Drawing a birthday card for my girlfriend Emily today I was reminded just how much I enjoy cartooning. Before concentrating on writing I used to draw non-stop. I even got paid for it on occasion! Getting lost in a picture whilst listening to good music must be one of life’s most rewarding pleasures. I love tackling caricatures too. Here’s one of Sir Ian McKellen from a while back.
Here’s a sneak preview of the forthcoming 12 page monster Harry Hill strip in the new-look Dandy. Written by yours truly, HH and that tireless tornado of triumphant ‘toonism, Mr Nigel Parkinson.
I recently had the pleasure of working with Brighton artist Jim Sanders, interviewing him to provide publicity copy for his forthcoming shows. Jim is a very talented, committed painter who also works in 3D. His diverse influences include sex, religion, children’s art and Paul Klee. Featuring among his pieces are giant figure paintings on sackcloth, impressive totems and striking collaborations with the artist Paul Ostrer. As well as being highly gifted creatives they’re both lovely fellas, so check out their links at the side of the page and look out for their shows over the coming months.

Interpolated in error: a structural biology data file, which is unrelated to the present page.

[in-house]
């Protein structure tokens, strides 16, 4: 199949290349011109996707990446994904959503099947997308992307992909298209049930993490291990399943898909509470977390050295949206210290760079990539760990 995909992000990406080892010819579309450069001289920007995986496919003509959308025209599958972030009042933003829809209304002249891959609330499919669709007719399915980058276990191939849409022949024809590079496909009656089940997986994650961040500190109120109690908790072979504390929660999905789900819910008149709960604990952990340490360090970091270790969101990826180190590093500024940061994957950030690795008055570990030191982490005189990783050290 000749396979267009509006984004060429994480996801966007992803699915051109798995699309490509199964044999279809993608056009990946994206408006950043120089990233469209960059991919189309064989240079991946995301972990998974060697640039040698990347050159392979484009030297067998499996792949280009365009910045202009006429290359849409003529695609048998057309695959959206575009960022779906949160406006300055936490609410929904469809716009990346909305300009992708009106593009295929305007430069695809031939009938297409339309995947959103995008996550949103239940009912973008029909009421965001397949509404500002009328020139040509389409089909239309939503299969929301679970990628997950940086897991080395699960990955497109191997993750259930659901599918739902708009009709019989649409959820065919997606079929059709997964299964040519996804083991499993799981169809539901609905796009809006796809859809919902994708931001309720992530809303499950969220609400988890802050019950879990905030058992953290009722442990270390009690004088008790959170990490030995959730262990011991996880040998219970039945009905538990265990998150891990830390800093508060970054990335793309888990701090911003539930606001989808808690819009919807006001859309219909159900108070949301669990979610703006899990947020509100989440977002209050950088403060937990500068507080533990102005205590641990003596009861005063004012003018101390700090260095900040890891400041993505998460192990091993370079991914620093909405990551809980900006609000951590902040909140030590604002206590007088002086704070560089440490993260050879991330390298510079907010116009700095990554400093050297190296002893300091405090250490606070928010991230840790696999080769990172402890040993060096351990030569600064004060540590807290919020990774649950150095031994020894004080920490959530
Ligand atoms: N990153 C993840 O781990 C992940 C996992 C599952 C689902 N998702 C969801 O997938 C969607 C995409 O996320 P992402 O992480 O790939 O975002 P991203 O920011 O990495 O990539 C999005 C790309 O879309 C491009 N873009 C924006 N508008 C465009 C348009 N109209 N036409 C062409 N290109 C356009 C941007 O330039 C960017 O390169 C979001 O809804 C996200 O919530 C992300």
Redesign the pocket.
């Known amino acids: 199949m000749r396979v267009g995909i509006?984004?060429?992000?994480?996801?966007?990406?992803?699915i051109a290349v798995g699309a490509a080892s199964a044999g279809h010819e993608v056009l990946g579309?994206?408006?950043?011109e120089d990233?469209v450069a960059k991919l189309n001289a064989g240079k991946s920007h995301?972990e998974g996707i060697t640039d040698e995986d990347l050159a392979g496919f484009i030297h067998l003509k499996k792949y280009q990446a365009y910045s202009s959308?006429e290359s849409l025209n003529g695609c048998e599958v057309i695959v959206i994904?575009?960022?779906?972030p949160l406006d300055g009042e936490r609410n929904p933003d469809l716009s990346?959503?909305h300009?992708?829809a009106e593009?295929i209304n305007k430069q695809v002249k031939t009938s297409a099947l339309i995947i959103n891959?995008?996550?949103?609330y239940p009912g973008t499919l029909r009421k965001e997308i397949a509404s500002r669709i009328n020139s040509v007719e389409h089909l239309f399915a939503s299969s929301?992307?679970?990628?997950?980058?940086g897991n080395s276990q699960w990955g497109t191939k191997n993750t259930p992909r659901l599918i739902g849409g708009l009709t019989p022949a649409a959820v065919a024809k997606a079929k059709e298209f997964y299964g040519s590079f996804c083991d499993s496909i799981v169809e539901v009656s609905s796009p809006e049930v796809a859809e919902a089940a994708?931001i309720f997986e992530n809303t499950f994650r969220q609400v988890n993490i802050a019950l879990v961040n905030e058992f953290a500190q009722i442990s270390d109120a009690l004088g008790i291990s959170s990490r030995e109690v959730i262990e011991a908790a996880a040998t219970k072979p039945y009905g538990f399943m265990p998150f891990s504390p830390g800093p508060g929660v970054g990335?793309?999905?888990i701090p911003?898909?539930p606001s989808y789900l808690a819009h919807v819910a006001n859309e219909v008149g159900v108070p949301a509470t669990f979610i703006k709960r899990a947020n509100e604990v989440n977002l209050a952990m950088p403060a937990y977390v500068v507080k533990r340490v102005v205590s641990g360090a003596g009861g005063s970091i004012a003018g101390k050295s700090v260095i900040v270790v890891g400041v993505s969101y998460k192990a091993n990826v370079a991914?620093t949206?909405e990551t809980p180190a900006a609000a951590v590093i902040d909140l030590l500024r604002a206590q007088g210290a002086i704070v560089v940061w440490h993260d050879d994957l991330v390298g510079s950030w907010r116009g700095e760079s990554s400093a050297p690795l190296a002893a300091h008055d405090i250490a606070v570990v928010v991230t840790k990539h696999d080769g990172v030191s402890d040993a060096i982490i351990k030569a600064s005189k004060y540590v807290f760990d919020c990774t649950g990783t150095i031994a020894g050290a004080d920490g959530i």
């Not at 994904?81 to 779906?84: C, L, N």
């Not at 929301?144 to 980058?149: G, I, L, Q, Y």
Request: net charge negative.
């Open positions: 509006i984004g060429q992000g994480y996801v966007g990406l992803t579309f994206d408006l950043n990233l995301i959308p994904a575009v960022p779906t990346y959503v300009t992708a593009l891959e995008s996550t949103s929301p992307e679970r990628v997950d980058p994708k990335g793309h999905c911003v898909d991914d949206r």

Recently I watched the slick, bouncy and nowhere-near sinister intro to children’s show The Sarah Jane Adventures and wondered if it has anywhere near as much impact on today’s generation as some of the grainy, low-lit and downright terrifying classics of my youth. For me it’s a no-brainer but what do YOU think? Am I missing out on some current creepy classics, or is the 1970s the definitive era for nightmare-inducing TV? And I’m only talking about the intros. Take a dark and lonely walk with me down memory creek to sample my selection of weird and wonderful telly titles of yore. But don’t look over your shoulder. You might regret it…
70’s kids’ TV essentials: Mysterious Marc Bolanesque adventurer? Check. Funky theme music? Check. Occult/Folk visuals? Of course. A bizarre acid-laced composite of tarot cards, cosmic animal-faces and Gene Simmons make-up tests? Need you really ask?
A millionaire-heavy Tory government, Fat Cats creaming bonuses out of the City and a spud-faced footballer on £250,000 a week. Yep, it’s a pretty screwed-up economy but it’s nothing compared to the early 70s with its fuel crisis and Three-Day week . And The Changes, of course. The most depressing titles ever? Kids were tough as houses in them days but it scared the bewillies out of me.
It’s The Wicker Man for kids! Nuff said.
Hard to gauge the long-term psychological impact of this frankly insane masterpiece. Rumours that it was heavily used in Guantanamo Bay have yet to be disproved. Count the crash-zooms at your peril.